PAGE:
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How To Protect Your Property Against Termites
Termites are a homeowner’s worst nightmares, causing structural damage that can cost thousands in repairs. Worse, because they make their nests underground and inside the foundations of the home, many homeowners don’t become aware that termites are there at all until the damage is already done.
To save yourself money, time, and a lot of headaches, the key is to prevent termite infestations before they happen. Here are a few strategies homeowners can use to protect their homes against termite infestations:
Look for the Signs
One of the main reasons that termite infestations cause so much damage to homes is that they can easily go unnoticed by homeowners until it’s too late. If you want to save yourself from costly repairs in the future, you have to be vigilant now.
One of the biggest warning signs is the presence of discarded wings. When a new king and queen leave their original colony to form a new one, they grow wings and form a mating swarm. After finding a suitable location, they shed their wings and mate. If you see discarded wings in or around your house, it could be an indicator of an infestation.
The presence of termite tunnels is another tell-tale sign of termite presence. Be on the lookout for small holes in wooden walls or floors, particularly if sawdust-like material is present nearby. Frass, a form of termite excrement, resembles sawdust, and its presence near small holes can be a good indicator that termites are tunneling into your home.
Likewise, be on the lookout for cracking or blistering paint on the walls. When termites dig into wood, they push the wood surrounding their tunnels outward, causing the paint on the surface to shift accordingly. Long paint cracks are a good sign that termites have made a home in your walls.
Check Problem Areas
Now that you know some of the key indicators to be on the lookout for, make sure to check your home’s most vulnerable areas.
Like many insects, termites prefer moist places near ample food supplies to make their colonies, so be mindful of hazards near your home, like leftover wood from landscaping work. If any is nearby, recycle it or otherwise remove it from the premises.
Inside the house, be aware of leaking pipes over wood flooring, which can form an ideal environment for termites. Your basement may be at particular risk in this regard, so perform a thorough inspection for any of signs of infestation.
Perform a check on wooden, non-hollow walls around the house by knocking on them. A solid wall should produce a solid “thunk” sound when you knock it; if you hear a hollow or echoey noise instead, it may be due to termite tunnels within.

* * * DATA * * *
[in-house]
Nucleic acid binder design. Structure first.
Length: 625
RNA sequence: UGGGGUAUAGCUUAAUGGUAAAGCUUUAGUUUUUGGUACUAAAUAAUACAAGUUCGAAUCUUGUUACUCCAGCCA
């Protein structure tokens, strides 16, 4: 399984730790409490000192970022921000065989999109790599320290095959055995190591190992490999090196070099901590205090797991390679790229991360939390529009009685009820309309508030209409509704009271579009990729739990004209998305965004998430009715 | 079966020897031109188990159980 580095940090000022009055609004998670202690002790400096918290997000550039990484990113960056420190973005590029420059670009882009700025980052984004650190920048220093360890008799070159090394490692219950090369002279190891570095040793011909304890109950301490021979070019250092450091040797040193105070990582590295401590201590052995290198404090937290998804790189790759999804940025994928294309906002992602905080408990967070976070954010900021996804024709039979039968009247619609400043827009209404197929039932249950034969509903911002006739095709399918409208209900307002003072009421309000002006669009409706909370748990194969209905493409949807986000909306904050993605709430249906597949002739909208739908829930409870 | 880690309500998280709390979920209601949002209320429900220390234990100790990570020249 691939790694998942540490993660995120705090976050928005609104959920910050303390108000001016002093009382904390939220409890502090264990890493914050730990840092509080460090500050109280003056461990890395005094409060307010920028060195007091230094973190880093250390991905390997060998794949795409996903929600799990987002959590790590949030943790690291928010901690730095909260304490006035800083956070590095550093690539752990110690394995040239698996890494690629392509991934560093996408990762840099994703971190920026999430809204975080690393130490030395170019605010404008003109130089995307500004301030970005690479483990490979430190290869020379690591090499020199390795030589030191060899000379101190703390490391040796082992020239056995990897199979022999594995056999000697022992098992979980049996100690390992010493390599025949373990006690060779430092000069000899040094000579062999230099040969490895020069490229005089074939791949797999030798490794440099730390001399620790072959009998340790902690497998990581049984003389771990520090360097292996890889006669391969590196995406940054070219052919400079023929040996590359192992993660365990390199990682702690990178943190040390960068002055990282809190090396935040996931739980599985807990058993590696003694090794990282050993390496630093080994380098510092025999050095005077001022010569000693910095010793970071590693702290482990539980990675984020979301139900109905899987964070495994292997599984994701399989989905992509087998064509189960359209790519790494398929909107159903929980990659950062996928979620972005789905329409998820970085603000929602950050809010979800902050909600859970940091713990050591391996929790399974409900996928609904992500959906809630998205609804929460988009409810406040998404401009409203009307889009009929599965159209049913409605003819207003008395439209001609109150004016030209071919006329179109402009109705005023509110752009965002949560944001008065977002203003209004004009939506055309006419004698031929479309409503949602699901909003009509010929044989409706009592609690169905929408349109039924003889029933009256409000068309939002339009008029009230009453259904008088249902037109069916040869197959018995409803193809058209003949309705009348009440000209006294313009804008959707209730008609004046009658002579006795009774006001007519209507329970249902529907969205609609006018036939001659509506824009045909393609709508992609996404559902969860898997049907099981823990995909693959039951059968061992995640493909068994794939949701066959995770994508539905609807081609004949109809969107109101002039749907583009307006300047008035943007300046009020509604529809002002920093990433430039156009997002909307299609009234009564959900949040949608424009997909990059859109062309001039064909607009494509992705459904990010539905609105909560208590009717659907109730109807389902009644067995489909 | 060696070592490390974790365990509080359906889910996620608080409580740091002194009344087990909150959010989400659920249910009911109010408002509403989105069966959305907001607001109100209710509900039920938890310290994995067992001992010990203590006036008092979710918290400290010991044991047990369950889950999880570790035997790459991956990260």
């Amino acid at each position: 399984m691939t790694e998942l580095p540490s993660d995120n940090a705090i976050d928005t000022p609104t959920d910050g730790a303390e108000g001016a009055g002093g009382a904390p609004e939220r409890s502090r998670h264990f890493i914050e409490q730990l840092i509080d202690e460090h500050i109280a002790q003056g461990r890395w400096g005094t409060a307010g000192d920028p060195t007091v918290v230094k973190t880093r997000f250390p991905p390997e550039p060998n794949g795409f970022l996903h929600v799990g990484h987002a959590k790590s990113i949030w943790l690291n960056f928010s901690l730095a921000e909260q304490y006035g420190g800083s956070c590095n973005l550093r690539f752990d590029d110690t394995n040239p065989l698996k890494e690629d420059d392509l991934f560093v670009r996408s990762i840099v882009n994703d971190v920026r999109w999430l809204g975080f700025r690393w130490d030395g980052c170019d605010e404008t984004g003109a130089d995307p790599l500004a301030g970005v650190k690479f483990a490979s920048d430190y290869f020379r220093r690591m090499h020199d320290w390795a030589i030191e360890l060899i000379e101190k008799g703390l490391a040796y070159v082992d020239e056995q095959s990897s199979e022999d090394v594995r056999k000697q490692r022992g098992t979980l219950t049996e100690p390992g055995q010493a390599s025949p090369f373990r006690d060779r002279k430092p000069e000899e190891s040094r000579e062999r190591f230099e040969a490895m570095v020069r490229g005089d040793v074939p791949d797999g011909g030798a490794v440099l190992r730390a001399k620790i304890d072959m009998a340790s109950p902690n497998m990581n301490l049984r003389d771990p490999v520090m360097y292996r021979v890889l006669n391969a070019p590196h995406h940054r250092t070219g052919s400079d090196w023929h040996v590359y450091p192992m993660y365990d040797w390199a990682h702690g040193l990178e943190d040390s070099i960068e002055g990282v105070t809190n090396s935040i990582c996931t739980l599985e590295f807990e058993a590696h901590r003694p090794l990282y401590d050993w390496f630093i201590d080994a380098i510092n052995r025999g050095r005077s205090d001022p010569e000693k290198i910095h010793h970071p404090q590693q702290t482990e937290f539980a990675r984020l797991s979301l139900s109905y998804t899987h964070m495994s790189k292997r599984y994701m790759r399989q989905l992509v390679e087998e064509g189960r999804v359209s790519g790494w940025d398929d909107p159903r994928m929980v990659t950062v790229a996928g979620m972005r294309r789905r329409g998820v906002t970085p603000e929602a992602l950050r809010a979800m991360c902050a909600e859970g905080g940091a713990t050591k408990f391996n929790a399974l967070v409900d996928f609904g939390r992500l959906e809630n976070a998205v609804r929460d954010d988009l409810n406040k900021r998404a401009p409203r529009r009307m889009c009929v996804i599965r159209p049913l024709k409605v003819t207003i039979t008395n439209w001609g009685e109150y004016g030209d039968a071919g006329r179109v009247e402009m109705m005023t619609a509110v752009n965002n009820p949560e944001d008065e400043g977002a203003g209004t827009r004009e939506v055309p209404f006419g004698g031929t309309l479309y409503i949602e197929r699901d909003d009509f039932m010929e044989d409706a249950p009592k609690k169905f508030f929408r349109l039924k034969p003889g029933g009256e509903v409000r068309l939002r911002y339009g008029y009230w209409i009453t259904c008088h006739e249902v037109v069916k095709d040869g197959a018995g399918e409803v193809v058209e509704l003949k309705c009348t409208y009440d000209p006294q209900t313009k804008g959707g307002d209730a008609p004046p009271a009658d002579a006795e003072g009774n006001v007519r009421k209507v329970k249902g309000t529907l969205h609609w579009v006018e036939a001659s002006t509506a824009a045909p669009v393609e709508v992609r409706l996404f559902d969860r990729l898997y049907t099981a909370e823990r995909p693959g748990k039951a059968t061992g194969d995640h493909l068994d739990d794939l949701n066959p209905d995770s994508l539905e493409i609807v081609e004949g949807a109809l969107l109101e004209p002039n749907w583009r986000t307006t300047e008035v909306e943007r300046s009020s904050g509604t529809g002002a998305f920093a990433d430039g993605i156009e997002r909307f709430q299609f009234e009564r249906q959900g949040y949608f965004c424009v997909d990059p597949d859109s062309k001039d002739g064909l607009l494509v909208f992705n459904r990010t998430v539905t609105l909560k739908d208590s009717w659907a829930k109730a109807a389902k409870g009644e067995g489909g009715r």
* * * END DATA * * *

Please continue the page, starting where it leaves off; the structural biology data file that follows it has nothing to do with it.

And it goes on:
Remove wood-to-ground contact areas in or around your house, as these make easy access points for termites. Cut off the base of any wooden lattice work around your house, and, if possible, put a concrete base on wooden struts or or structures that touch the ground. For the best results, try to maintain at least six inches between the ground and anything made of wood attached to your home.
Go on the Defensive
If you think your home is at risk, there are a few steps you can take to defend yourself.
First, invest in termite bait. While slow-acting, termites will carry the bait deep within the nest, unknowingly poisoning the entire colony. Both above-ground and below-ground baits are effective. For the best results, surround the entire perimeter of your home with baits, placing each bait roughly 10-12 feet apart from the next.
Also invest in fast-acting liquid termiticide. This will kill any termites it comes into contact with on the ground, and will protect your home from any termites that run into it while trying to burrow into your home. If possible, you can push the effectiveness of liquid termiticide further by creating a small trench around your home, creating a natural barrier that can funnel termites directly into the heaviest concentrations of termiticide.
Call a Professional
If you know you have a termite problem, or have suspicions of one, you should call a professional to inspect your property to avoid serious property damage. Do-it-yourself methods can mitigate some of your risks, but the average homeowner simply doesn’t have the means to fully protect him or herself from a full-blown termite infestation.
While a professional exterminator may cost more up-front, the money you save from repairs will more than make up for it. A professional exterminator will also be able to fortify your home’s termite defenses, keeping it safe well into the future.
Part of preventing termite infestations is knowing what to look for. For more information about termites, termite behavior, and some of the tell-tale signs that your home might be under attack, download our free ebook, The Lifecycle of a Termite Colony.